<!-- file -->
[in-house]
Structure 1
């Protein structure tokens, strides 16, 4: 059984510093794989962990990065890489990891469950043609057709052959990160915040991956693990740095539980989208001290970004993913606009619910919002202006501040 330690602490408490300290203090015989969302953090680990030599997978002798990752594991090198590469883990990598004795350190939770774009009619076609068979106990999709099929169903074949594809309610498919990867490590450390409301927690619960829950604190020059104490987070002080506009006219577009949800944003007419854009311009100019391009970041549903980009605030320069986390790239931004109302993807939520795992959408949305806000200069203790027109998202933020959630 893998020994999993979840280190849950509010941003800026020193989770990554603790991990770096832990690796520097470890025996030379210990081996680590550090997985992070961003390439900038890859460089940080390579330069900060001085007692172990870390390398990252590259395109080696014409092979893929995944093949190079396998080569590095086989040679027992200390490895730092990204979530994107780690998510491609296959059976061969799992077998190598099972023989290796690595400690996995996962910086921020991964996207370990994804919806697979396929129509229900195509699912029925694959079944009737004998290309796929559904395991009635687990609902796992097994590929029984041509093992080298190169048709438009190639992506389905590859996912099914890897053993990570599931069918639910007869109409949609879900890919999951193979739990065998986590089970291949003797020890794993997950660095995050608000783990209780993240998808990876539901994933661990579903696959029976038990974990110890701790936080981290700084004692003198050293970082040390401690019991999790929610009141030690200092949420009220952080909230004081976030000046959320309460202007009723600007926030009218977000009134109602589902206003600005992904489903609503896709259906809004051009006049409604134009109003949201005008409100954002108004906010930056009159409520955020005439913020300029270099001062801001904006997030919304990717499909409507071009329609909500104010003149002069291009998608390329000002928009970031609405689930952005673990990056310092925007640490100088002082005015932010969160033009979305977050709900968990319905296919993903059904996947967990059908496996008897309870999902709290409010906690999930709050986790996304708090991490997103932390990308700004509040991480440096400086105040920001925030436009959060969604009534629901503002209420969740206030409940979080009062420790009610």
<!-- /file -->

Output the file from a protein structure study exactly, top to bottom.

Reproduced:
[in-house]
Structure 1
């Protein structure tokens, strides 16, 4: 059984510093794989962990990065890489990891469950043609057709052959990160915040991956693990740095539980989208001290970004993913606009619910919002202006501040 330690602490408490300290203090015989969302953090680990030599997978002798990752594991090198590469883990990598004795350190939770774009009619076609068979106990999709099929169903074949594809309610498919990867490590450390409301927690619960829950604190020059104490987070002080506009006219577009949800944003007419854009311009100019391009970041549903980009605030320069986390790239931004109302993807939520795992959408949305806000200069203790027109998202933020959630 893998020994999993979840280190849950509010941003800026020193989770990554603790991990770096832990690796520097470890025996030379210990081996680590550090997985992070961003390439900038890859460089940080390579330069900060001085007692172990870390390398990252590259395109080696014409092979893929995944093949190079396998080569590095086989040679027992200390490895730092990204979530994107780690998510491609296959059976061969799992077998190598099972023989290796690595400690996995996962910086921020991964996207370990994804919806697979396929129509229900195509699912029925694959079944009737004998290309796929559904395991009635687990609902796992097994590929029984041509093992080298190169048709438009190639992506389905590859996912099914890897053993990570599931069918639910007869109409949609879900890919999951193979739990065998986590089970291949003797020890794993997950660095995050608000783990209780993240998808990876539901994933661990579903696959029976038990974990110890701790936080981290700084004692003198050293970082040390401690019991999790929610009141030690200092949420009220952080909230004081976030000046959320309460202007009723600007926030009218977000009134109602589902206003600005992904489903609503896709259906809004051009006049409604134009109003949201005008409100954002108004906010930056009159409520955020005439913020300029270099001062801001904006997030919304990717499909409507071009329609909500104010003149002069291009998608390329000002928009970031609405689930952005673990990056310092925007640490100088002082005015932010969160033009979305977050709900968990319905296919993903059904996947967990059908496996008897309870999902709290409010906690999930709050986790996304708090991490997103932390990308700004509040991480440096400086105040920001925030436009959060969604009534629901503002209420969740206030409940979080009062420790009610």